May 28, 2019
Estate planning is a smart way to protect your assets and ensure your spouse is taken care of after your death. With divorce, however, your wishes may have changed. It’s critical to take the time to review and revise your estate plan documents during and after a divorce. Read on for which files to unearth, why you might want to update them sooner rather than later, and how you can help fund some of the unexpected costs that come with a divorce.
Power of Attorney
Power of attorney (POA) allows your spouse to make decisions on your behalf. These can range from 401(k) allocations to personal business transactions. During a divorce, you’ll need to amend your POA. You can revoke your spouse’s privileges while appointing a new POA, but be advised that you may be required to notify your ex of the change.
Last Will & Testament
Having a will in place is the best way to ensure your wishes are carried out after your death. Most likely your spouse is named as the primary beneficiary in your will and executor of your estate. Now is the time to rethink your beneficiary choices. If you have a will on file with your lawyer, you can revoke the old will by replacing it with a new will. Ensure your lawyer destroys any copies of the old will, and tear up any copies you have, too. If you don’t have a will, speak to your attorney about drafting one.
Payable-on-death (POD) accounts provide a transfer of funds from checking, savings, and money market accounts directly to your beneficiary. The advantage of POD accounts is your grieving spouse can avoid the time-consuming and sometimes lengthy probate process. During divorce, it’s essential to update your beneficiary information with each of your financial institutions and assign a new designee. If you are the sole account holder, the process is relatively easy and straightforward.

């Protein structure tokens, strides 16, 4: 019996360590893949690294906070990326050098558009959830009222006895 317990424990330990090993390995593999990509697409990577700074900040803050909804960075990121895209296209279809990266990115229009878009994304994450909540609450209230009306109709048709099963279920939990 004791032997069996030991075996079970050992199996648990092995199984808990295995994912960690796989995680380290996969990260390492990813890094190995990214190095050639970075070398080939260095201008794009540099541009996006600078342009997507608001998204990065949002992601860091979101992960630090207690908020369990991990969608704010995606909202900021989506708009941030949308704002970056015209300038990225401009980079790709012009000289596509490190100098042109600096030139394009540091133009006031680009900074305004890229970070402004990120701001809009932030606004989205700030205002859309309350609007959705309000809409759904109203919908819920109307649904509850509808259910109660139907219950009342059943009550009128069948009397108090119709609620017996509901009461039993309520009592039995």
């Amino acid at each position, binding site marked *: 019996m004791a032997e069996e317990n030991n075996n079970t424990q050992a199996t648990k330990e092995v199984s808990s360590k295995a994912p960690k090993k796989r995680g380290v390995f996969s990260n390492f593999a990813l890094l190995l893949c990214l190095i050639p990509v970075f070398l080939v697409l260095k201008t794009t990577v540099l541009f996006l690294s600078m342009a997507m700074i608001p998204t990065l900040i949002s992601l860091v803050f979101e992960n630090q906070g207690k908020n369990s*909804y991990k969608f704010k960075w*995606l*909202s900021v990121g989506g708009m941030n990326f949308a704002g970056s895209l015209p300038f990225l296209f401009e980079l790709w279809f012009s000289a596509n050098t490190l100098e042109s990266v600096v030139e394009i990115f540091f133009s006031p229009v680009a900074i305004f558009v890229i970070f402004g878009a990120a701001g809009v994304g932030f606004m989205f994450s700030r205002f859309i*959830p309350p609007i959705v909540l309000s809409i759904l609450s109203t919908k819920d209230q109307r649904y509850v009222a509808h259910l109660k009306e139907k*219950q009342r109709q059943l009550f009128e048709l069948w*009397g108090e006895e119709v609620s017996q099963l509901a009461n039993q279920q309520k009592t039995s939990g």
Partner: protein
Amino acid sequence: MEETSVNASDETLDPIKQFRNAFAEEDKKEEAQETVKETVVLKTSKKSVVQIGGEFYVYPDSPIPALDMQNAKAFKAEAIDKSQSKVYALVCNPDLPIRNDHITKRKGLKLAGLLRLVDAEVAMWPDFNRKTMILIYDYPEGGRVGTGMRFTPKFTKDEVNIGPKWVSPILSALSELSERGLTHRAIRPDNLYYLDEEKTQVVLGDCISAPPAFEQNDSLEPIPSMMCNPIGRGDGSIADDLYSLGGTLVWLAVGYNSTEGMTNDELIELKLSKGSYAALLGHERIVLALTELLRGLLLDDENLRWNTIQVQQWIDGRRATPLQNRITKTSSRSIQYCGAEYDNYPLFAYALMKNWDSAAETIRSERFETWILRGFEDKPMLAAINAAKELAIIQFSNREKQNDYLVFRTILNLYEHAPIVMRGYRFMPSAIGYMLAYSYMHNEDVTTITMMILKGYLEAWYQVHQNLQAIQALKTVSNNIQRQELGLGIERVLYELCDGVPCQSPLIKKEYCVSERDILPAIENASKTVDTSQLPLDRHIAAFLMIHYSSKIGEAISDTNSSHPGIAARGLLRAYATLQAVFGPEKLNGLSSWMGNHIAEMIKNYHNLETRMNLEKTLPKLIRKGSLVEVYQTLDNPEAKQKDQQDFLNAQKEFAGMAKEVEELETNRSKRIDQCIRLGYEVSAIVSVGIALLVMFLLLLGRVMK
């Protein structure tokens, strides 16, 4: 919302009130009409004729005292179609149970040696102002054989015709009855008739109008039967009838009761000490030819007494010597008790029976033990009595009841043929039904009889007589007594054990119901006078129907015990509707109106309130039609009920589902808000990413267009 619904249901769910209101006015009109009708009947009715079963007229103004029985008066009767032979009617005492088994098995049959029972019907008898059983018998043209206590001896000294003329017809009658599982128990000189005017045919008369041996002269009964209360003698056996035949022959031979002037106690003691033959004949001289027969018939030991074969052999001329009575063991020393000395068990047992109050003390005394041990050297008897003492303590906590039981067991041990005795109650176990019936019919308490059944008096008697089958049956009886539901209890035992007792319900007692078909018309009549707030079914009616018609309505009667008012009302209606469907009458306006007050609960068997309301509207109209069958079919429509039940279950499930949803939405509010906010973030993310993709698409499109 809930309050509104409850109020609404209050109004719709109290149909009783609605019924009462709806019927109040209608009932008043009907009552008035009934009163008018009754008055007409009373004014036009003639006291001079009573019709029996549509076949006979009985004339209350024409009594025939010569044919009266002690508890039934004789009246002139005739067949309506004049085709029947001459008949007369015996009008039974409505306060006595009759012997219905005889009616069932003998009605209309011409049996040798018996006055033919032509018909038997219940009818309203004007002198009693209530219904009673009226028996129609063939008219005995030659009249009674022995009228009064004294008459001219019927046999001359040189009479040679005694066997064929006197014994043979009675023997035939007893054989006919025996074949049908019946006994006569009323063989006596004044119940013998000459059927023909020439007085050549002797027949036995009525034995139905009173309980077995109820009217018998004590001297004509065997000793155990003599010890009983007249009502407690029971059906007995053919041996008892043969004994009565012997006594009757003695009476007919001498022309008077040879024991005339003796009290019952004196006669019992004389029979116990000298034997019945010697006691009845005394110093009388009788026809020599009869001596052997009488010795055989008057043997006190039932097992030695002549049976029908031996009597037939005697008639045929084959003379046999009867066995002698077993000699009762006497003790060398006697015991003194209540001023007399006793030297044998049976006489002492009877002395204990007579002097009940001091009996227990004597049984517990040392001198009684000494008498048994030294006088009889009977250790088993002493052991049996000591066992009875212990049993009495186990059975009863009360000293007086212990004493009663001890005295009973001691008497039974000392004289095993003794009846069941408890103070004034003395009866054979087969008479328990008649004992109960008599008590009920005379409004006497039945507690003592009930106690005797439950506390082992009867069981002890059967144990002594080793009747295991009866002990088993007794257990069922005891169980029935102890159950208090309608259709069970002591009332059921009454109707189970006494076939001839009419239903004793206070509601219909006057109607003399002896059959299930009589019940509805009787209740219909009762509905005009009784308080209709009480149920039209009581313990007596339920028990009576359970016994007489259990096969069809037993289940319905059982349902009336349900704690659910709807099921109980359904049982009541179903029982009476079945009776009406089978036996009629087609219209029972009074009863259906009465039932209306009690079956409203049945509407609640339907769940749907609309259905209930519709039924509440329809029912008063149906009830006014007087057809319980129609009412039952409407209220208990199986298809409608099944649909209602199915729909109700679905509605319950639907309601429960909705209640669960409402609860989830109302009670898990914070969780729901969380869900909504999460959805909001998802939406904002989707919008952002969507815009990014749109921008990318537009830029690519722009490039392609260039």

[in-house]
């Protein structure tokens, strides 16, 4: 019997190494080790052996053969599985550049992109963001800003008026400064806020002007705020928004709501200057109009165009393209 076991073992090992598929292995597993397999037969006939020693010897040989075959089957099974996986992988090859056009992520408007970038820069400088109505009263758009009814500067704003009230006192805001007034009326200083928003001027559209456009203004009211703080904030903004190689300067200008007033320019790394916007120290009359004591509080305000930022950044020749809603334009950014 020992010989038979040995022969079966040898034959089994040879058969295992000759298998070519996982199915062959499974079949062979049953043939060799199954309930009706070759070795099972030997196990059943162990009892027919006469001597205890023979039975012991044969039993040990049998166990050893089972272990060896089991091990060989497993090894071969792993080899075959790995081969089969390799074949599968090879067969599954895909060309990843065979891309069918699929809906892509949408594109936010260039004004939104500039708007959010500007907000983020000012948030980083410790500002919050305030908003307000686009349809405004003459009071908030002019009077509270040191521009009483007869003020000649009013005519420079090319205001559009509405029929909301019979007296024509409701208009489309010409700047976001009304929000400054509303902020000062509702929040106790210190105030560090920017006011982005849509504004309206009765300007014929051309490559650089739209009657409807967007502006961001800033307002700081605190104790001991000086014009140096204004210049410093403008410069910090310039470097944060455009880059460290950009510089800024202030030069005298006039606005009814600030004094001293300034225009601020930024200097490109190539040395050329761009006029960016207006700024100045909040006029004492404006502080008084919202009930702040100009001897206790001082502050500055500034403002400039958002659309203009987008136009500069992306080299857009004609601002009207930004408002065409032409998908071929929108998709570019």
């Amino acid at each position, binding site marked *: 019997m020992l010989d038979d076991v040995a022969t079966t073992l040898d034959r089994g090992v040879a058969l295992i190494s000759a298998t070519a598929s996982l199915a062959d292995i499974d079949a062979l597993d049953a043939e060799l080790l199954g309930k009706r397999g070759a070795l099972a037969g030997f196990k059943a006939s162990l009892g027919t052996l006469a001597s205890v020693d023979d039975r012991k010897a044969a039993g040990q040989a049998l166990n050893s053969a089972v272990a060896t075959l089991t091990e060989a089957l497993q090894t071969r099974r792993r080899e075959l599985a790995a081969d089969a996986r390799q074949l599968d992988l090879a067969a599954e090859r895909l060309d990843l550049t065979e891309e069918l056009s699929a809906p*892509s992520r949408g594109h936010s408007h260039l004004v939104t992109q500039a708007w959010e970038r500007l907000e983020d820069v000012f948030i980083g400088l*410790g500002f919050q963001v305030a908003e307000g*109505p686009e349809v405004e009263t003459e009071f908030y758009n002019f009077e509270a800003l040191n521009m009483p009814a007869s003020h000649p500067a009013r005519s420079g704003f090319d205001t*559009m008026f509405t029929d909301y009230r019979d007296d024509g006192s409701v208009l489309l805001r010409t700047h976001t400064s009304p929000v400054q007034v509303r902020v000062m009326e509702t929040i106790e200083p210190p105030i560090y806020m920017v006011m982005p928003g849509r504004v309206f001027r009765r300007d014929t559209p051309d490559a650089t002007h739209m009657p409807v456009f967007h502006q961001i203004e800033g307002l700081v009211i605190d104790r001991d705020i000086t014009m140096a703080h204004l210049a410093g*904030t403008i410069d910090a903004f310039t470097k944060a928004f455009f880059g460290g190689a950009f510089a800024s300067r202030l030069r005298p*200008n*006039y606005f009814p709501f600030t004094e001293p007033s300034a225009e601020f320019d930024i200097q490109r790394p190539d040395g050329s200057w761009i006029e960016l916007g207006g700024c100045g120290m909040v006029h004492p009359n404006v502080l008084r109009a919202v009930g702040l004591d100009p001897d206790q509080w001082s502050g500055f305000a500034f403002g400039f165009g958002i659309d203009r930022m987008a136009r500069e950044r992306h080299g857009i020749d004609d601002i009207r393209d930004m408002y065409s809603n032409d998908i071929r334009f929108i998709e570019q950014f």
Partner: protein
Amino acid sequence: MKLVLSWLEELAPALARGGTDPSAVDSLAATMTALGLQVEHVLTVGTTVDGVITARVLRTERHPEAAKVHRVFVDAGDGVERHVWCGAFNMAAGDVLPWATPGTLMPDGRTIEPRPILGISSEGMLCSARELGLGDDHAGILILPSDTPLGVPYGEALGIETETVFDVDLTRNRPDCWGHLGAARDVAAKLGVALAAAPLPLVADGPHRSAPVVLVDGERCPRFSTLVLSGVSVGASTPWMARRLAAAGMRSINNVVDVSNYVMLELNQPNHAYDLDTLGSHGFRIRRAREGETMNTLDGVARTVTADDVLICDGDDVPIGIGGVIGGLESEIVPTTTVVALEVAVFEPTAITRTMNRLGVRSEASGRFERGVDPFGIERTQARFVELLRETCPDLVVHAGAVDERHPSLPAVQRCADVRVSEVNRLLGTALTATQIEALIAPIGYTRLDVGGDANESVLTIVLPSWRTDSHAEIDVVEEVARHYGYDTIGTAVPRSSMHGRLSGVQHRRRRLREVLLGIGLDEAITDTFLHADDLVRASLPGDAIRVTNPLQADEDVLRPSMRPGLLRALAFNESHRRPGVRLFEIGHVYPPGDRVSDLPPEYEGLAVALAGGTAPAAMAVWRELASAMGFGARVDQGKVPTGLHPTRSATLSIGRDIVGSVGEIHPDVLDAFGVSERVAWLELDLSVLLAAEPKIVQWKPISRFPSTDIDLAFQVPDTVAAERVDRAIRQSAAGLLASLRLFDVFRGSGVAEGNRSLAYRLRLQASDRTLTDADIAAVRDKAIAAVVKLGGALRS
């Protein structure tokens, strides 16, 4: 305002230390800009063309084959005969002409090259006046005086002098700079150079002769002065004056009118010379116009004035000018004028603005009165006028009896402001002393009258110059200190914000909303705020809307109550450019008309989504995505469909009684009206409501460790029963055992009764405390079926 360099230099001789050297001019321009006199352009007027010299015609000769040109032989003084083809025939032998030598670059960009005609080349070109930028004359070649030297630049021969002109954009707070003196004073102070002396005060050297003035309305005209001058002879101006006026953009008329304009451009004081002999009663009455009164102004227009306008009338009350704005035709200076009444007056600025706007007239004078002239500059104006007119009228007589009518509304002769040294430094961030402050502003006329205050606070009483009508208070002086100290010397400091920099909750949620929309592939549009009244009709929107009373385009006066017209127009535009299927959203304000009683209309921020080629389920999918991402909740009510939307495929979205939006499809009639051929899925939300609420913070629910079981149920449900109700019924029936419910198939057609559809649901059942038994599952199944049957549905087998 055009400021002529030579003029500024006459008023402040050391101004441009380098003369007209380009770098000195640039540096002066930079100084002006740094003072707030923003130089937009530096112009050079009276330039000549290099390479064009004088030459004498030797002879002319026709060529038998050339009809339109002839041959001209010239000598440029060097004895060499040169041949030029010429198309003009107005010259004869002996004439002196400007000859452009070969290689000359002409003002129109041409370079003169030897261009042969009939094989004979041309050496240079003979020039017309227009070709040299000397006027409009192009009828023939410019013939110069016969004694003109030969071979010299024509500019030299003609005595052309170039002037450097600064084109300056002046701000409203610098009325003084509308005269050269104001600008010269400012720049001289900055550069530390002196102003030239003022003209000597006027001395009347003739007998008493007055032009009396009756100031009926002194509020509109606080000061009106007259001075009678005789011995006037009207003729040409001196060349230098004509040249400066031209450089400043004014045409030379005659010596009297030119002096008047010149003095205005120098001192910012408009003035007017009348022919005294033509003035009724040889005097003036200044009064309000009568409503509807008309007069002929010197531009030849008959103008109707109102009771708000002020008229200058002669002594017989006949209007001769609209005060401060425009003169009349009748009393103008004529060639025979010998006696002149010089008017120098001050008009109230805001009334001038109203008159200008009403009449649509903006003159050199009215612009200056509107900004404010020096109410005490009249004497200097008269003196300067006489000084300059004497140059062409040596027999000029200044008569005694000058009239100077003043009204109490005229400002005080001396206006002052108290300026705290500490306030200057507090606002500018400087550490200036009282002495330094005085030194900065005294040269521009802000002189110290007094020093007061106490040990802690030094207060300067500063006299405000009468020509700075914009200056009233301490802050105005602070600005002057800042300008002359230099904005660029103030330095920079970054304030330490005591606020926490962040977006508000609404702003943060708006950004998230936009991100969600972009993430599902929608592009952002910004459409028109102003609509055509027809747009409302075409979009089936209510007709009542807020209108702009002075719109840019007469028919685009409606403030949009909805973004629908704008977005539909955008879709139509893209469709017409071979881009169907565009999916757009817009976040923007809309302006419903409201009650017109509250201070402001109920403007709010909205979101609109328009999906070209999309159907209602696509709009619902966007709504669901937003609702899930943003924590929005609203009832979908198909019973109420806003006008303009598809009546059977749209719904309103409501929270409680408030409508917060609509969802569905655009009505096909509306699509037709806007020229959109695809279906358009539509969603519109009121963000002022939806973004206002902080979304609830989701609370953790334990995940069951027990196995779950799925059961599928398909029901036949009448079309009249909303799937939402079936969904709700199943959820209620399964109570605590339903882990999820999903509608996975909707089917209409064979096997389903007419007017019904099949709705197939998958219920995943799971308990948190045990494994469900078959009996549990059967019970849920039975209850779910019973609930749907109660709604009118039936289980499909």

As with your POD accounts, you may have designated your spouse as the beneficiary to your 401(k), IRA, and other retirement accounts. Unlike a POD, however, retirement accounts can be viewed as assets to be divided in the divorce. Inform your attorney of all such accounts—before changing beneficiaries—so they can be awarded correctly along with responsibility for the appropriate taxes.
Similar to retirement accounts, check with your lawyer about changing your life insurance beneficiary. You may have to revisit this policy after your divorce in order to revise the designations.
Although counterintuitive, it’s not as easy as you may think to disinherit an ex. In some states, like California, you cannot disinherit a former spouse entirely. Your ex can contest your will and may receive a percentage of your assets despite the wishes of your will. To avoid a legal fight, some divorcees include the minimum their former spouse was entitled to by law while others in the midst of a contentious divorce may prefer to force a court battle after they’re gone. Speak to your attorney about your options and what makes sense for you.
Estate planning is focused on the future, but planning for it is very much a present-day activity. Staying ahead of the changes you’ll need to make during a divorce can ease the transition for both you and your former spouse.
As with other aspects of divorce, you will incur unexpected expenses with the division of assets. A safety net to fund those costs may be right above your head. Tapping into your home’s equity may be a smart solution for sharing your assets without selling your home and footing some of the divorce bills. With no monthly payments or new debt, a Hometap Investment may be a good fit for your finances, especially if you or your spouse wants to stay in your home. Get an estimate to see how much Hometap may invest in your property.
If you're going through a financially draining divorce and want to avoid the stress, debt, and interest of a personal loan or credit card balance, consider a Hometap Home Equity Investment to offset the cost without taking on debt.
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